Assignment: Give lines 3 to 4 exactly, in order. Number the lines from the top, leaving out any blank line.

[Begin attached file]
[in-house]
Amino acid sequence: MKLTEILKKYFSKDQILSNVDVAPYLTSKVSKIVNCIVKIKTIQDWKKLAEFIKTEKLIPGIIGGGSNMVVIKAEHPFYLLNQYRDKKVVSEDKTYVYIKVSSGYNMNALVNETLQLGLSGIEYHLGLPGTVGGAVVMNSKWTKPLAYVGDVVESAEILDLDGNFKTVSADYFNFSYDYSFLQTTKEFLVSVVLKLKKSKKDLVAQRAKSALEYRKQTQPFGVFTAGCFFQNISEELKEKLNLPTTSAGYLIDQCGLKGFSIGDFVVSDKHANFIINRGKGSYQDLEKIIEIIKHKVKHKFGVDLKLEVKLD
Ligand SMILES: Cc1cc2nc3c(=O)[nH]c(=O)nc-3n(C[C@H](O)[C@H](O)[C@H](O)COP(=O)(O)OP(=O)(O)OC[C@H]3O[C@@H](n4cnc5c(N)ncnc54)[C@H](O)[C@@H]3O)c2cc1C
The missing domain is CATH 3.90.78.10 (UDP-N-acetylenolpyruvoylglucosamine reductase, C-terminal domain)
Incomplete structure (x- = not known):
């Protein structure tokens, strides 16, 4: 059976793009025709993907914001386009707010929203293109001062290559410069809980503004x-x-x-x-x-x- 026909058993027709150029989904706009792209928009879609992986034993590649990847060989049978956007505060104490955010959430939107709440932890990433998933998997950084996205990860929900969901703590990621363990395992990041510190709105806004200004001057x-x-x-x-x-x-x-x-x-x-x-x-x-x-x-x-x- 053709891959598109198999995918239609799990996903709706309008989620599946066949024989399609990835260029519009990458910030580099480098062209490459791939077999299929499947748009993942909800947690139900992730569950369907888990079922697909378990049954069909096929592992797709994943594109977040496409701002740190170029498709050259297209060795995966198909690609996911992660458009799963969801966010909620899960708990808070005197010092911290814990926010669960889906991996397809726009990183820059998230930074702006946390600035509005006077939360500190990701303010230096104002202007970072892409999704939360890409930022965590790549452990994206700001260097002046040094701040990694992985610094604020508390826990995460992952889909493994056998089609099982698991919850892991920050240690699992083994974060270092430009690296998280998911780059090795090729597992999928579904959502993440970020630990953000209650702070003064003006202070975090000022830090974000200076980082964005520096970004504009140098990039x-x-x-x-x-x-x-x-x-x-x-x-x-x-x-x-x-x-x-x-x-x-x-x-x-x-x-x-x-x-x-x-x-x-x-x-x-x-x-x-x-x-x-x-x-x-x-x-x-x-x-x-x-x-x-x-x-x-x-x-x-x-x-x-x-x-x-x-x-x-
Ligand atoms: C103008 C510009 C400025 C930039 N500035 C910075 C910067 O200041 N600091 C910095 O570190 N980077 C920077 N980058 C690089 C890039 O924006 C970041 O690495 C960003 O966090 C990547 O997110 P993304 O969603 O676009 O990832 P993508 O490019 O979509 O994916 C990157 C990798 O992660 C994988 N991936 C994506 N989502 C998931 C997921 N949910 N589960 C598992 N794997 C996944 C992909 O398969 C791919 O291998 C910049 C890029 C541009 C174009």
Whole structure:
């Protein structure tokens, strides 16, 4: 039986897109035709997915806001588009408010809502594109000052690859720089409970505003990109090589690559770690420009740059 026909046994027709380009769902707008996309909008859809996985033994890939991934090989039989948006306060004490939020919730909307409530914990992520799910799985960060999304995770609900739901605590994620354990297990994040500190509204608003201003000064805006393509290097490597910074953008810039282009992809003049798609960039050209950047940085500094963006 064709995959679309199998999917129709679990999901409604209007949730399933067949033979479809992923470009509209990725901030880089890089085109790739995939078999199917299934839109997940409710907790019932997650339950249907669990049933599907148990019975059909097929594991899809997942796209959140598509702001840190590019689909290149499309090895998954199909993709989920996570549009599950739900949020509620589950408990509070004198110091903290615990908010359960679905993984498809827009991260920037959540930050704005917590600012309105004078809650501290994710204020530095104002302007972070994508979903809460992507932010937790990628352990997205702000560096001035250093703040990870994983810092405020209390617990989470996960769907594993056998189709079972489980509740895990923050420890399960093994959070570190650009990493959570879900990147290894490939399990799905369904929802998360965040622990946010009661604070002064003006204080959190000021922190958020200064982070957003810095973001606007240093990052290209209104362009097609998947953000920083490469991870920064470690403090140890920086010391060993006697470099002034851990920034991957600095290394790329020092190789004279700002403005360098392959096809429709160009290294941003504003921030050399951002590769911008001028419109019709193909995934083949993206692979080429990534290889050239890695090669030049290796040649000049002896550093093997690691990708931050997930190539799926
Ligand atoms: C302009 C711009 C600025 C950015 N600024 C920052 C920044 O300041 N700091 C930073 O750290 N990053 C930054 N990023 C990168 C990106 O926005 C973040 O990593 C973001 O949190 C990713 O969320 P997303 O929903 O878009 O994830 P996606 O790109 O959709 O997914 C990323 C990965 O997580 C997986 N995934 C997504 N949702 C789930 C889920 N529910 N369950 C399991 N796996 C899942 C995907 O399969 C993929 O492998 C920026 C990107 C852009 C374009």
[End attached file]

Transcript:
Ligand SMILES: Cc1cc2nc3c(=O)[nH]c(=O)nc-3n(C[C@H](O)[C@H](O)[C@H](O)COP(=O)(O)OP(=O)(O)OC[C@H]3O[C@@H](n4cnc5c(N)ncnc54)[C@H](O)[C@@H]3O)c2cc1C
The missing domain is CATH 3.90.78.10 (UDP-N-acetylenolpyruvoylglucosamine reductase, C-terminal domain)